Inheritance vs Composition

Now we have covered a lot of the important design pattern fundamentals lets have a little chat about why composition is almost always preferable to inheritance.

While this is mainly going to focus on the topic from a coding perspective the points discussed can also be applied to a lot of scenarios in the development world, i.e why having "Common" libraries may be bad

What Is Inheritance?

So im sure we all know the answer to this as you know how to inherit a class, if not then you have done very well to get this far without knowing this. Just incase you do not know (I know you do though, lets be honest) I will give a quick example of inheritance.

public class Animal {}
public class Human : Animal {}

TADA! Not quite my finest work but we can see we have a base class Animal and Human is derived/inherited from that, so any behaviours an Animal has, a Human will also have, and that is the KEY thing to discuss here.

Forcing Behaviour Upon Descendants

So one of the main benefits of inheritance is that you can put some logic within a base class, and know anything that inherits it will have access to that logic. This sounds good at face value, and you can even make your methods virutal which will let descendant implementations override or build on top of your existing logic.

In some cases this is ok, but in most cases you will hit a point where you want to completely ignore the inherited behaviour, and this is where inheritance falls down, as you will always end up in a position where you have to hack around/ignore base behaviours.

Its also worth noting that inheritance in most languages does not allow multiple inheritance, meaning you can only really inherit from 1 class. In C++ you can do multiple inheritance but this often leads to the diamond problem where they both have a shared base class behaviour which causes issues when they combine.

What Is Composition?

So composition requires an understanding of IoC as rather than getting our behaviour from a base class, we instead get our behaviour from dependencies.

Incase you are unsure here is an example:

public interface IPrinter {}
public interface IComputer {}

public class Office
    public IPrinter Printer {get;}
    public IComputer Computer {get;}

    public Office(IPrinter printer, IComputer computer)
        Printer = printer;
        Computer = computer;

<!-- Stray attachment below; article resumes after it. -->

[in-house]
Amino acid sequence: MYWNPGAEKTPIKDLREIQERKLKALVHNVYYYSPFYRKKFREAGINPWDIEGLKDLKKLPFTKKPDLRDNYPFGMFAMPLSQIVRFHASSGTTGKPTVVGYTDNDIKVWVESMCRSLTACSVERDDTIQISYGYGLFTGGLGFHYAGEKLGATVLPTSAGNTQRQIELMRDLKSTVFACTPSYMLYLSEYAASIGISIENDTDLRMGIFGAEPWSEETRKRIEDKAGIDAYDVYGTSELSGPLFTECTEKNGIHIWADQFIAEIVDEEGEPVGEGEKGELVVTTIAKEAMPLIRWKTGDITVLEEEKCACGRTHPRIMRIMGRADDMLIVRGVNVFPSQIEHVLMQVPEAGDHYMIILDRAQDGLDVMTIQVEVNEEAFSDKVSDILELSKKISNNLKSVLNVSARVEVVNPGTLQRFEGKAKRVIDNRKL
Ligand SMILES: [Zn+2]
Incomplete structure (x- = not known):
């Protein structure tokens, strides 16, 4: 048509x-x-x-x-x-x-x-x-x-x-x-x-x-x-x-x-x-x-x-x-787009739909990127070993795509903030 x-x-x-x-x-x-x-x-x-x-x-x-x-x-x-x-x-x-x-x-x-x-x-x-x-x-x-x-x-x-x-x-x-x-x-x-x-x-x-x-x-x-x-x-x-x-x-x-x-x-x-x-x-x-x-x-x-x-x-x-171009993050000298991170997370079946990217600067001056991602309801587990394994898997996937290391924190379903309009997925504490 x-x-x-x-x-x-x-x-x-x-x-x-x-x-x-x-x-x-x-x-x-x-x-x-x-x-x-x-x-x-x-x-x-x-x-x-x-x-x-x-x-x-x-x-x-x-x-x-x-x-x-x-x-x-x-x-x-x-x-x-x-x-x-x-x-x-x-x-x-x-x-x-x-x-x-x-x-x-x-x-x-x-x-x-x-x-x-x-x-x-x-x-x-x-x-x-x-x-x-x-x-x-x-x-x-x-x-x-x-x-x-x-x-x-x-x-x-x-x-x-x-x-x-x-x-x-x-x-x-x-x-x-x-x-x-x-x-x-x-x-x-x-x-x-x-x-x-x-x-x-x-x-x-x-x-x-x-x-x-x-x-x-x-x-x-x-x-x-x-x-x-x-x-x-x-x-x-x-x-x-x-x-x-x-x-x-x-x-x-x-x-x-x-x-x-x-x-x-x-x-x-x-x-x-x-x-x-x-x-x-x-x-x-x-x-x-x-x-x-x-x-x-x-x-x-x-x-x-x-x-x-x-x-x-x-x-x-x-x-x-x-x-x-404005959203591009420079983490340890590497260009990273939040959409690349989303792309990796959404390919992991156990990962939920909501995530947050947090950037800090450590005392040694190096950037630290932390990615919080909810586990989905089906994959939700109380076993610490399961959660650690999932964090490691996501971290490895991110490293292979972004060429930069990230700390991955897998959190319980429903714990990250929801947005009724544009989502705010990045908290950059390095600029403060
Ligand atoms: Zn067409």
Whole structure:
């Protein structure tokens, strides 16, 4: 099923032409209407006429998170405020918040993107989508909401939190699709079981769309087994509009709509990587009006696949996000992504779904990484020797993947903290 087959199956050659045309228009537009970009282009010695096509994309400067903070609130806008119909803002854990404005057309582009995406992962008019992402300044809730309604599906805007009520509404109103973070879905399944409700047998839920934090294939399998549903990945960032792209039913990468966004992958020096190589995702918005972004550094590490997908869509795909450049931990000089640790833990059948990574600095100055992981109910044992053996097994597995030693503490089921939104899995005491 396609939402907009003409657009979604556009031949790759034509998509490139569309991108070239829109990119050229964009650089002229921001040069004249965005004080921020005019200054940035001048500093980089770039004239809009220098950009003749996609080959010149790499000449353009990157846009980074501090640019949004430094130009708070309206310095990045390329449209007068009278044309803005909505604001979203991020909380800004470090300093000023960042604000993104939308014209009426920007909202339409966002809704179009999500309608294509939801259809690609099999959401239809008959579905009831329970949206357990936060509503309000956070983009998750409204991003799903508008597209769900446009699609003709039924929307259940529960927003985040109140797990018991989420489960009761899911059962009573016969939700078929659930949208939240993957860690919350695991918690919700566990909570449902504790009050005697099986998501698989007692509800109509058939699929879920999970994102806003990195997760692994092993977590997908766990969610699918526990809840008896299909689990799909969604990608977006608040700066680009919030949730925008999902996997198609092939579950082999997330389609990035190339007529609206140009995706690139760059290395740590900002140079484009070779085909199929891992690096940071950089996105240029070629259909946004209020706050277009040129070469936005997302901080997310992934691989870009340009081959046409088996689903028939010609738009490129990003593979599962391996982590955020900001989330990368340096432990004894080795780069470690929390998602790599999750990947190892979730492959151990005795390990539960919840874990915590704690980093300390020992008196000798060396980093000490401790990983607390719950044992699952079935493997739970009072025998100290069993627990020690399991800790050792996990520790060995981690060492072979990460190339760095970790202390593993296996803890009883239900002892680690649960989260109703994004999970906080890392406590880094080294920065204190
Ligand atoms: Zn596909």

As you can see we can have the notion of an office which can use functionality that already exists in other interfaces, but we are not tied to a specific implementation and we can use as much or as little of the functionality of these objects as needed, no need to override anything via virtuals or fight any base behaviour.

Just to mention im using interfaces here, but you could use classes too, but interfaces are far better as they are just a contract for behaviours not the actual implementation for behaviours.

This makes testing far easier as we can test the IPrinter and IComputer in isolation, as well as allow multiple instances of the same behaviours without issue, i.e having N printers in an office. You couldn't easily handle that if you were using inheritance, but having an office inherit from a printer sounds like a bad use case in hindsight now :D

Here is a gist I did on the topic a while ago where it shows how we want to build off a Vehicle notion but it gets out of control quickly.

Why Is Composition Better Then?

So composition is better because you have far more flexibility in many scenarios, as with inheritance you are always building off existing implementations of logic/data which can easily go against what you want downstream.

For example lets assume we have the notion of a Vehicle and we want to give it the ability to move and shoot. If we first made a car which can drive around and shoot, what if we then want a tank which has multiple guns, or a jet which can also fly with multiple weapons.

You can express the above scenarios with inheritance, but you end up duplicating your logic unless you want your jet to inherit from tank etc.

Passing In Dependencies

Also another HUGE reason why composition is far better is because you are passing in dependencies which represent the composite behaviour you wish to consume, meaning you can more easily change what you pass in externally, via DI or other mechanisms assuming you adhere to IoC.

If you use inheritance you are unable to change the inheritance tree per instance as you are locked into a singular inheritance tree, but with composition you can pass in anything to satisfy the dependencies so you can not only have FAR MORE flexibility but also it's easier to express more specific variants as all you are doing is making a new object with composite dependencies vs adding another chain in an inheritance tree or branching it.

Inheritance still has its uses, so it's not something you should 100% avoid using, its just you need to be sure if inheritance is actually a good idea for what you need as in a lot of cases rather than having logic shared via inheritance its often better to have it shared via its own object that can be passed in and consumed however the consumer wishes.

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